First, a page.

Economists often state that uninsured individuals do not “want” health insurance. Joe Paduda claims that this is not the case; most uninsured do want health insurance. Mr. Paduda cites a Washington Post, Kaiser Family Foundation and Harvard University survey which shows that “when asked why they don’t participate in their employer’s program, 1% of survey respondents said it was because didn’t think they needed insurance.” Most people decide to not to purchase health insurance–not because they do not want it–because they can not afford it.
This is where economic terminology can create confusion and also clarify the situation. Let me give you an example of what “want” means to an economist.
I want an Audi R8. However, the cost of this car starts at $112,500. Thus, I prefer to drive a 2003 Toyota Matrix and have some money left over to buy food, pay for rent, etc. Although I do “want” the sports car, I want more to not owe a huge amount of debt and instead be able to afford for other goods that I desire.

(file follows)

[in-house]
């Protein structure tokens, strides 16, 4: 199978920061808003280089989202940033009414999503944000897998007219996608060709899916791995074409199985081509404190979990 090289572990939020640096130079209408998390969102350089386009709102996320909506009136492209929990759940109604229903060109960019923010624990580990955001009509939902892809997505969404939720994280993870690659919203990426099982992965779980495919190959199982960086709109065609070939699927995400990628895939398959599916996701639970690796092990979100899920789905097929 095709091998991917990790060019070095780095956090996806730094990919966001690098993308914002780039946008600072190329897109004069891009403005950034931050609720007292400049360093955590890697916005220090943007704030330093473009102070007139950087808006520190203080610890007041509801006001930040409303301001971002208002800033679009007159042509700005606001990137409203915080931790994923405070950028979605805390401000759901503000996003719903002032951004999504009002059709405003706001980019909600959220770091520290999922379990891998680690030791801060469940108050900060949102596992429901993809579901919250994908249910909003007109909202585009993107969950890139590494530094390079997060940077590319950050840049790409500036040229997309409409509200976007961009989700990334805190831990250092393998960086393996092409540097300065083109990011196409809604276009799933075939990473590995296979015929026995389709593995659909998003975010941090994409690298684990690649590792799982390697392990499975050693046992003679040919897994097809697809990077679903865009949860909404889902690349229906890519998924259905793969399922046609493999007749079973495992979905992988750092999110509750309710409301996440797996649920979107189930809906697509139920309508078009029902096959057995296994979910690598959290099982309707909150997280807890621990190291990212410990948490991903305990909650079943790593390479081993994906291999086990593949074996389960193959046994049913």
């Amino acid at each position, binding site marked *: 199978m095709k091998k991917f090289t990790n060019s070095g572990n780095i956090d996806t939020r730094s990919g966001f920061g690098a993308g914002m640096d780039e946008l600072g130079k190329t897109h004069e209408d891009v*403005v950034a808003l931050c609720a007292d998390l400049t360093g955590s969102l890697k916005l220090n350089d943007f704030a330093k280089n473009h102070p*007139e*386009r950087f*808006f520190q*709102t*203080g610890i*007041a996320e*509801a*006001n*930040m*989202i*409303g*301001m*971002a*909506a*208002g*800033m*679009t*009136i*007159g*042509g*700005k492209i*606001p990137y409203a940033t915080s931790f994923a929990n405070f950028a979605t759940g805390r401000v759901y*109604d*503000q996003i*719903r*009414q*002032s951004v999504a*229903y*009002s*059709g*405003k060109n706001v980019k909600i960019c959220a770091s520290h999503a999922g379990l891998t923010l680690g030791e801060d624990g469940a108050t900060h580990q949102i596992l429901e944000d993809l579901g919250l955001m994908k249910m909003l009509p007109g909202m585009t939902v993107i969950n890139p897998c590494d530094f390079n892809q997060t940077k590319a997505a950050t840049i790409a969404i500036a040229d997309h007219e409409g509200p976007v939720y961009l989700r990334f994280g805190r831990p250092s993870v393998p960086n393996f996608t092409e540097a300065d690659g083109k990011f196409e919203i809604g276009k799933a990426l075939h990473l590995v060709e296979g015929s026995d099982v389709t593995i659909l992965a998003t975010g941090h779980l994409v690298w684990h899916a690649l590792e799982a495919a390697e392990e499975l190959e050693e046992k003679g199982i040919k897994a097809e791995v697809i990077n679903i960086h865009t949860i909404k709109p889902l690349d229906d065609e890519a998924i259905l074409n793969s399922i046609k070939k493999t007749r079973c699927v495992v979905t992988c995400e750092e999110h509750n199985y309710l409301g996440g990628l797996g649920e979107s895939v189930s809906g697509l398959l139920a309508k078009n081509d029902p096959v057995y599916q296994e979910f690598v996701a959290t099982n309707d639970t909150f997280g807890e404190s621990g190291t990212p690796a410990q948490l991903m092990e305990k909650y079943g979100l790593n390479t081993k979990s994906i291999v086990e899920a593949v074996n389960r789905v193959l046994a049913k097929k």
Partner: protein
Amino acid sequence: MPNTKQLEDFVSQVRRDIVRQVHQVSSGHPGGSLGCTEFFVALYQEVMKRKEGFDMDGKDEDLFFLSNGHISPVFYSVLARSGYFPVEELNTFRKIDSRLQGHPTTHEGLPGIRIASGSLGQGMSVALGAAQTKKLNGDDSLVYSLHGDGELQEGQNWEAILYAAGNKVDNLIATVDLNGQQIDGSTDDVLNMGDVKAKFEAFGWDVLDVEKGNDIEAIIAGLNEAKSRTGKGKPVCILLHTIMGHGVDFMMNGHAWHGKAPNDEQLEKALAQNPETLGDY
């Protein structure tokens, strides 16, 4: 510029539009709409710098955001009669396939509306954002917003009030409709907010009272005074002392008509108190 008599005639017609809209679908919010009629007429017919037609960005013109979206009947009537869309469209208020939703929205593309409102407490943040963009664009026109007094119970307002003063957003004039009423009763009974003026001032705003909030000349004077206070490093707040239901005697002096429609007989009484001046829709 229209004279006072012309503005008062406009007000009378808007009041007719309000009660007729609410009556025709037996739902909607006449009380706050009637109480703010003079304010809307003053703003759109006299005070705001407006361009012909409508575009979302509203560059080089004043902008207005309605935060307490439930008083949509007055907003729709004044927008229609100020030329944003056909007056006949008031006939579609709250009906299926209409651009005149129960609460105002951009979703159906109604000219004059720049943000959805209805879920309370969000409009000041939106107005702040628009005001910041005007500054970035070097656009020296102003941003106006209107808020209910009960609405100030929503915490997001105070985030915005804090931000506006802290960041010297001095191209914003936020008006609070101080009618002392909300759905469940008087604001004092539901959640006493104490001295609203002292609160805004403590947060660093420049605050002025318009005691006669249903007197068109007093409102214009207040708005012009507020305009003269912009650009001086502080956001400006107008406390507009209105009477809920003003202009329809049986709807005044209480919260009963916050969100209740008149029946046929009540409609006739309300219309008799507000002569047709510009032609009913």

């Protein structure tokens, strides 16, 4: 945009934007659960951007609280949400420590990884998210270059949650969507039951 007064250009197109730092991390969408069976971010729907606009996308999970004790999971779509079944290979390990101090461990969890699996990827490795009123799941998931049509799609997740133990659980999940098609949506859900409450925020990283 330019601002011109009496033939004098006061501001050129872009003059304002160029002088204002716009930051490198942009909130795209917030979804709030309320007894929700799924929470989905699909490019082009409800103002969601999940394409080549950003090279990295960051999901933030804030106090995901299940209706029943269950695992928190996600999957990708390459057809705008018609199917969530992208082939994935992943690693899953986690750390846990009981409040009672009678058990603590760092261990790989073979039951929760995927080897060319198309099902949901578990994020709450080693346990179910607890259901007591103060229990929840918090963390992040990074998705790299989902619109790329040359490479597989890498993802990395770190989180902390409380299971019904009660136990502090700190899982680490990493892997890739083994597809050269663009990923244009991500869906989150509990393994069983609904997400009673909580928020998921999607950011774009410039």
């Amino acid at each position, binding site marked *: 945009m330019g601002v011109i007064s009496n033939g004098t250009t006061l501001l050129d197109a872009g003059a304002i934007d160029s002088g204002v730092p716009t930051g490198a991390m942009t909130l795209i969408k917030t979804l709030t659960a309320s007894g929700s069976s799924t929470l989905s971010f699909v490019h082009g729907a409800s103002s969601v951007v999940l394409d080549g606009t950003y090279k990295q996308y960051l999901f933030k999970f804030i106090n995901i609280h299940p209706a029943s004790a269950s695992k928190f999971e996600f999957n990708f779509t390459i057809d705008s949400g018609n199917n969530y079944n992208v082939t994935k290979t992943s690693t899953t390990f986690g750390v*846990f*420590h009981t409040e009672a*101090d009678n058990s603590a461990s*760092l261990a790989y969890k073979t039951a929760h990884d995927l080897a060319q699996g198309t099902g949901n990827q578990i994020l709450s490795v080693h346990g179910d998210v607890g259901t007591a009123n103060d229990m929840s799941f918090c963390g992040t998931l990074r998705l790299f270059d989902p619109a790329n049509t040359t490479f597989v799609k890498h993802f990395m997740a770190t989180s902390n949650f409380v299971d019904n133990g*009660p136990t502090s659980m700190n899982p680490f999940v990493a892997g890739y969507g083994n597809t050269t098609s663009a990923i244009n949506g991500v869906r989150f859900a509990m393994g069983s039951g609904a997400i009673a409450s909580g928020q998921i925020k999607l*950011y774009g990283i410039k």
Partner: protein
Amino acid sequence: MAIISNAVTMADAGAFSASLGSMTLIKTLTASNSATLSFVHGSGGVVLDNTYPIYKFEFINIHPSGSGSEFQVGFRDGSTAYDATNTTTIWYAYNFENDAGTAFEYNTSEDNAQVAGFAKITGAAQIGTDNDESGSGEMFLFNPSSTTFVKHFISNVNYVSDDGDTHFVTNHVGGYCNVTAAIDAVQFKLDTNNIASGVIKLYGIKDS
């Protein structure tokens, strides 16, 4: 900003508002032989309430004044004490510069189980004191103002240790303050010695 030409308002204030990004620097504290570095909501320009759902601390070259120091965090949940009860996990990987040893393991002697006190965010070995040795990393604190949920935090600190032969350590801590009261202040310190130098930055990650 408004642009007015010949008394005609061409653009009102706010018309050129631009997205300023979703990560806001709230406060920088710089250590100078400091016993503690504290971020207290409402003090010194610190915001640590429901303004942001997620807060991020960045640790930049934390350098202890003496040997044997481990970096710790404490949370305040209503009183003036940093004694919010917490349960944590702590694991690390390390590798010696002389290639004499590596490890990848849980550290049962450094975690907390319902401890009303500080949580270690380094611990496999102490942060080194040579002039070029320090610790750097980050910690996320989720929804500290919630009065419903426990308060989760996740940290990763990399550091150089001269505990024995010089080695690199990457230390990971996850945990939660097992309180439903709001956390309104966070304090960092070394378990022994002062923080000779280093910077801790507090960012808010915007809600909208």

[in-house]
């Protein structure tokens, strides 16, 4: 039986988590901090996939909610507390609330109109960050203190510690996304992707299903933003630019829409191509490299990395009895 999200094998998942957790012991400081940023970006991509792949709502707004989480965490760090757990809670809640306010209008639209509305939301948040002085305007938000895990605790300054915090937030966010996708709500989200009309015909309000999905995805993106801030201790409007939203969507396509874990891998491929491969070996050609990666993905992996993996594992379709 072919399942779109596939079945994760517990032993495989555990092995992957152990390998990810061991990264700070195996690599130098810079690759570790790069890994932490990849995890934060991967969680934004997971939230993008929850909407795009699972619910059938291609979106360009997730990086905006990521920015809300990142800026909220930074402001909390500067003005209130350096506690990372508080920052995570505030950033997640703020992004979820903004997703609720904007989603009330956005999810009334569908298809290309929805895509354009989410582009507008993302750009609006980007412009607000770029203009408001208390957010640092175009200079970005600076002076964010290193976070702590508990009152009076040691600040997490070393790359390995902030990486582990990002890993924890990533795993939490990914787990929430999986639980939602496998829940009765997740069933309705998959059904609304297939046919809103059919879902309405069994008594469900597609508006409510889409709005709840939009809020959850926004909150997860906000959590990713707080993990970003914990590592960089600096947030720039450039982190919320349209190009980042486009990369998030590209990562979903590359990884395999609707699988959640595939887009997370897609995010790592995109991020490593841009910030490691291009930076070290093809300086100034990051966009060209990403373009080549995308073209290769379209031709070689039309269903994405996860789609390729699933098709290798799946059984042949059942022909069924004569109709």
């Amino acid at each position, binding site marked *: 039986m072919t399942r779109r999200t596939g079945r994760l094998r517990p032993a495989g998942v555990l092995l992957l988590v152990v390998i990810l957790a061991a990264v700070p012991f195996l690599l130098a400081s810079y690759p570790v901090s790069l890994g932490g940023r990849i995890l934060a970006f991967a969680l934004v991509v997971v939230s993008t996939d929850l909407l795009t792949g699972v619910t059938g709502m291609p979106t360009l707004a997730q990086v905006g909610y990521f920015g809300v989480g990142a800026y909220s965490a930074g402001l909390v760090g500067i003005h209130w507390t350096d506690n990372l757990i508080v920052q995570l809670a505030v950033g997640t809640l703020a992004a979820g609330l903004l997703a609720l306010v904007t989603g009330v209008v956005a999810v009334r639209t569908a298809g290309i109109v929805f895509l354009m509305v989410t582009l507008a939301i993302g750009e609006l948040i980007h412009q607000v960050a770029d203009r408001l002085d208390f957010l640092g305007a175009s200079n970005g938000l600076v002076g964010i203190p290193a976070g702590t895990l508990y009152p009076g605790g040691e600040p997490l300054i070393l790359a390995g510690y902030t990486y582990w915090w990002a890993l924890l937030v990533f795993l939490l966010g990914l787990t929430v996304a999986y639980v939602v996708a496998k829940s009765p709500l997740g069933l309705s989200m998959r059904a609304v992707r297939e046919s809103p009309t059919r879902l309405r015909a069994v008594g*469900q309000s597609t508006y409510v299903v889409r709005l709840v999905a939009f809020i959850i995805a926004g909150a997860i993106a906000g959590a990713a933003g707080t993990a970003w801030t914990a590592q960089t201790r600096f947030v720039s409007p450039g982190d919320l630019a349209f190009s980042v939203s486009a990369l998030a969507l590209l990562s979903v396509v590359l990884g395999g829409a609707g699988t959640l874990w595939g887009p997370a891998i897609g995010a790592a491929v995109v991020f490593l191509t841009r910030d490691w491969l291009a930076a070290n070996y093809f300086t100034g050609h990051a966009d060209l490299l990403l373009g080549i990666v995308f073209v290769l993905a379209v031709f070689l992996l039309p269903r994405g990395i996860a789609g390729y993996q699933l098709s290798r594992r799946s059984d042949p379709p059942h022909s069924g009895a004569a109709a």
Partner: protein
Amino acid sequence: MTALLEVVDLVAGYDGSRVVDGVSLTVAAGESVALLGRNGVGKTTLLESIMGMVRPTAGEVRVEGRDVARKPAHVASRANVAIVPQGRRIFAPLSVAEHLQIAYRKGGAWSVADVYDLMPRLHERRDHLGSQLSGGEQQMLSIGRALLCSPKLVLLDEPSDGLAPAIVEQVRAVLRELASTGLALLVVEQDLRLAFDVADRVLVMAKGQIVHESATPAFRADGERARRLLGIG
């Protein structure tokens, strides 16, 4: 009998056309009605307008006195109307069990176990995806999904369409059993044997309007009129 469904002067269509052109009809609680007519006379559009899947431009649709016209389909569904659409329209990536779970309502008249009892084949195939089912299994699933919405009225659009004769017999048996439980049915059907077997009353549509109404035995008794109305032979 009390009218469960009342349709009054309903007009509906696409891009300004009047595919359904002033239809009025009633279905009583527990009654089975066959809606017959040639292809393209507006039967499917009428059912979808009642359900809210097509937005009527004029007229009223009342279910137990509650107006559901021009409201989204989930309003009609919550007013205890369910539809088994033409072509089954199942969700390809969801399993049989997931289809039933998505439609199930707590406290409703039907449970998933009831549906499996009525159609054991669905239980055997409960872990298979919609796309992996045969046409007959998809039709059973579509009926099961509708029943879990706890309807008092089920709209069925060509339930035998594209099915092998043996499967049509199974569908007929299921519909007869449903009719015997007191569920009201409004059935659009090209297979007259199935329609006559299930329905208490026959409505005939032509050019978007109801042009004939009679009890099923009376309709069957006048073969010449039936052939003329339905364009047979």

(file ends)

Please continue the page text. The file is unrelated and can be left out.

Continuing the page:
Similarly, for economists, if an individual is uninsured, it must be the case that this is because they prefer this situation. This may seem like a tautology, but what it means is that an individual who is uninsured would rather be uninsured than pay $12,100 and be insured. The $12,100 that would have gone to health insurance, can be used for food, rent, etc. Further, if you are young and healthy, the probability that you will become sick is probably fairly small compared to the average insured individual and thus you will be paying more for insurance than the expected value of your medical costs.
Those who argue that all individuals should have health insurance can argue this based on equity goals. However, in order to make health insurance more attractive, one must either 1) lower the price of health insurance, or 2) increase the after-tax incomes of low income workers. The first can be done with more flexible insurance arrangements, offering more basic health insurance coverage, improving the efficiency of the health care sector and by man other means. The second means to increasing insurance can be accomplished by either increased economic growth or a more redistributive tax policy.
Nevertheless, nothing in this world is free (especially health care). Everyone would want health insurance if it were free; but because it is so expensive, other wants come to be more important than health insurance and thus individuals become uninsured.